Tight Lines: Savoring fall in California
by Don Moyer
Sep 27, 2013 | 1654 views | 0 0 comments | 33 33 recommendations | email to a friend | print
Not long ago, I heard a story about a school teacher in Montana who asked students on a quiz to name the four seasons. The most common answer she got was “trout season, deer season, elk season and duck season.” That’s sort of the way my mind works, too.

Hunting in California is not nearly as productive as in many other states. If you really want to stand a good chance of killing a deer or bear, you’d be far better off to drive to Colorado, Utah or Wyoming. My roots are here; I was raised here and learned to fish and hunt here. For better or worse, California is home, and that’s where I’ll do most of my hunting and fishing. I enjoy the entire hunting experience, from preseason scouting trips to the smells of coffee and campfire smoke.

I enjoy studying the habits of the deer. There are two main kinds of deer in California: blacktails and mule deer. Blacktails are darker in color than mulies and smaller in size. Blacktails are usually found in the forests west of the Sierra Nevada crest, while mule deer range through the open sage and aspen country on the east side of the Sierra. The dividing line between the two species is quite precise. Mulies like the open range broken by aspen groves, while blacktail like the protection of the thicker forests.

Because of the different habitat preferences, you must adapt your techniques and your gear to the game you seek. Many hunters will swear that the ideal rifle for blacktails is a lever-action saddle gun with traditional iron sights in 30-30 caliber. The ideal mule deer rifle, however, is almost certainly a bolt action in a larger caliber equipped with a scope for long-range shots out to 300 yards and beyond. My favorite rifle is a 7 by 57 millimeter bolt-action Mauser that is neither as fast handling as the little saddle gun nor as far reaching as the bigger caliber magnums. Like most compromises, it is adequate for both but perfect for neither.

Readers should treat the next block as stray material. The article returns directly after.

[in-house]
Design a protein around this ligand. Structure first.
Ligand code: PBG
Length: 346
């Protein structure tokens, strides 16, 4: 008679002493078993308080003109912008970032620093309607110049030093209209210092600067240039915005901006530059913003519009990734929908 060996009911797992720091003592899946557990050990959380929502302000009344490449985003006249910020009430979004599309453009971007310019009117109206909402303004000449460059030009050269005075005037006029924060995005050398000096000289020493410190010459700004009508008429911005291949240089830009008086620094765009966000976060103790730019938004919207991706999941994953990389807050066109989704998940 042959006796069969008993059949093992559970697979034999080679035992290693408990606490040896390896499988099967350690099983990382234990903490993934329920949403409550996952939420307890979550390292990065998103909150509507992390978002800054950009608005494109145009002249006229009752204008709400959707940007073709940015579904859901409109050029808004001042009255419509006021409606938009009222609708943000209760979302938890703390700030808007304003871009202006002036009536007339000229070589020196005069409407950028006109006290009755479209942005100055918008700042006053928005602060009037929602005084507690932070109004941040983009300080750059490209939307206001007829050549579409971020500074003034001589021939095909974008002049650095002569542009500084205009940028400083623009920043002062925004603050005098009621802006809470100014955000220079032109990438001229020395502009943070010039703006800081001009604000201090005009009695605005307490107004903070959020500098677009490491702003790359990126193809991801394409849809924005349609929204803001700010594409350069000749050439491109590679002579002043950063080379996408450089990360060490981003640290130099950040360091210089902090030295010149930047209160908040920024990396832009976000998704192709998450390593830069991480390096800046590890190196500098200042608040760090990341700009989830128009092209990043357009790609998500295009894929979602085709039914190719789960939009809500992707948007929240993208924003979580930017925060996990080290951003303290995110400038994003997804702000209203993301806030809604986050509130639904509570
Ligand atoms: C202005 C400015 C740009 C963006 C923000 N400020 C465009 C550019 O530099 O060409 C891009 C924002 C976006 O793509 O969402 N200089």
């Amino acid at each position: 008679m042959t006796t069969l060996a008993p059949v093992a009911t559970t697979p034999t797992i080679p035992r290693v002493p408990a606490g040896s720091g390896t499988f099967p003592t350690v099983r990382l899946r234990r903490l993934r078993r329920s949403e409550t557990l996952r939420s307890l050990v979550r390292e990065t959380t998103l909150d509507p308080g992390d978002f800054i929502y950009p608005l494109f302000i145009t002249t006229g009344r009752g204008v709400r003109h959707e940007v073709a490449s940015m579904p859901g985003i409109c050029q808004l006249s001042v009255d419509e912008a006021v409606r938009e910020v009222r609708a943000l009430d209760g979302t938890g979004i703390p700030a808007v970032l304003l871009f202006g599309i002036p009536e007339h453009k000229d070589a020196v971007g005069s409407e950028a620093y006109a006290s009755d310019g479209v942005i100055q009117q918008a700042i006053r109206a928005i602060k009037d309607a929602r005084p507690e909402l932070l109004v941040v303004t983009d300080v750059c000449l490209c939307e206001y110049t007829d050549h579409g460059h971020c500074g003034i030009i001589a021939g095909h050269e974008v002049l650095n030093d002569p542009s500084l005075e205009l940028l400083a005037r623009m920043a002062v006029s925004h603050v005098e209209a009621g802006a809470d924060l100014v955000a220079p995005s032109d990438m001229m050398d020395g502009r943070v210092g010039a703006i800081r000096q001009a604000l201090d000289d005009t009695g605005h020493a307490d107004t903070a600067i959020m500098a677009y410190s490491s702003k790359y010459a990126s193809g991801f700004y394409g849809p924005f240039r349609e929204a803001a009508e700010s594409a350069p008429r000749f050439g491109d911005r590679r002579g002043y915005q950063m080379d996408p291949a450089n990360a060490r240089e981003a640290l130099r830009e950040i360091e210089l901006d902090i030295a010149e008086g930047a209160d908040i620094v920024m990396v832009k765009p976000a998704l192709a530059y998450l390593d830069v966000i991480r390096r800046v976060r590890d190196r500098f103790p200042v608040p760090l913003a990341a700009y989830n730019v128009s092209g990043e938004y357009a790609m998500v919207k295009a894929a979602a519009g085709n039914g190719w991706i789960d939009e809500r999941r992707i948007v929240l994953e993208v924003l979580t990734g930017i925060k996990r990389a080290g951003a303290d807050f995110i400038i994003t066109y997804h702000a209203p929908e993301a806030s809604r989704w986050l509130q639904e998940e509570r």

Even though the hunting may be better in the Rockies and I’m handicapped by my compromise rifle, I’ll be out there again this fall, savoring the smell of the coffee and the warmth of the campfire as I listen to the coyotes sing and swap lies with hunting companions about hunts long past. Hunting season is here, I wouldn’t miss it for the world.

Until next week, tight lines.

• Don Moyer, author and outdoors columnist for the Tracy Press, began writing Tight Lines more than three decades ago. He can be reached at don.moyer@gmail.com.

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